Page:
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Title: Current trends and pressures in the development of the international copyright conventions
Author: McMorrow, Thomas M.
Awarding Body: University of Edinburgh
Current Institution: University of Edinburgh
Date of Award: 1991
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The Berne Convention for the Protection of Literary and Artistic Works 1886 and the Universal Copyright Convention 1952 are two major international copyright conventions in current force. These were amended simultaneously in Paris in 1971 in the face of demands by Less Developed Countries that the latter should be granted special terms upon which to enter into contracts for the import of cultural materials. It was recognised by the Governing Bodies of both Conventions that a true universality of membership could only be achieved by the attraction of L.D.C's within the fellowship of those states with effective municipal copyright statutes, all as envisaged by the Conventions. It was thought that the Paris Revisals brought to an end the crisis in copyright posed by the Third World. Indeed, at the time this particular crisis was solved. However, it has become clear crises affecting the conventions are now manifest in different forms but with critical effect. The advent of new technology has been the principal cause of crisis in particular regard to the scope and nature of rights extended by the conventions, and the subject-matter of conventional protection. The interpretation of scope and nature (of rights) and protection of subject-matter is now of great import. Additionally, the sudden recent adherence of the United States of America to the Berne Convention has brought about a geographical shift in the centre of gravity of international copyright relations, while the dual question of uniformity and effectiveness of protection extended to copyright materials have demanded the urgent attention of the Governing Bodies. Collectively, these matters have encouraged a metamorphosis in the manner in which the conventions fall to be perceived and this thesis attempts to identify the features of change and indicate future development.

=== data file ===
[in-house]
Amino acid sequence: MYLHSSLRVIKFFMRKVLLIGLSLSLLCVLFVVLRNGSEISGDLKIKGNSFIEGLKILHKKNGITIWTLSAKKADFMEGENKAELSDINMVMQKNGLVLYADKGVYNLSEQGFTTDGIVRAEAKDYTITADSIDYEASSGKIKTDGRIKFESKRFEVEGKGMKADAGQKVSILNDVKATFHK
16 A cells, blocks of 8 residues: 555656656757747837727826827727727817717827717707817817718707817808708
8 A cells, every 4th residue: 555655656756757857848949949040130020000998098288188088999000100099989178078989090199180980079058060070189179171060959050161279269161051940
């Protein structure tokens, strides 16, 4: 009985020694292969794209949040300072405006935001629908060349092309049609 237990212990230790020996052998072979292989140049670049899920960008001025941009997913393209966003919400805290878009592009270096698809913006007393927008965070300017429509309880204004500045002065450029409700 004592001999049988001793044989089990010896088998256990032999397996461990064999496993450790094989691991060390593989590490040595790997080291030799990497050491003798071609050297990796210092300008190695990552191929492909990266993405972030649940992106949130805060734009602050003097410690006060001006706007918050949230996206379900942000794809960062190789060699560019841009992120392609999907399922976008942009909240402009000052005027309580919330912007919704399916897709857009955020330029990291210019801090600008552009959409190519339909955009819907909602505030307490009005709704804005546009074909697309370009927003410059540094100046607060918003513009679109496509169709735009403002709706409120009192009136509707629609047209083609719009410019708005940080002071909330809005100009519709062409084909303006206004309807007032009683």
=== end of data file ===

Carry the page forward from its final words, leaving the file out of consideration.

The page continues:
Supervisor: Not available Sponsor: Not available
Qualification Name: Thesis (Ph.D.) Qualification Level: Doctoral
EThOS ID:  DOI: Not available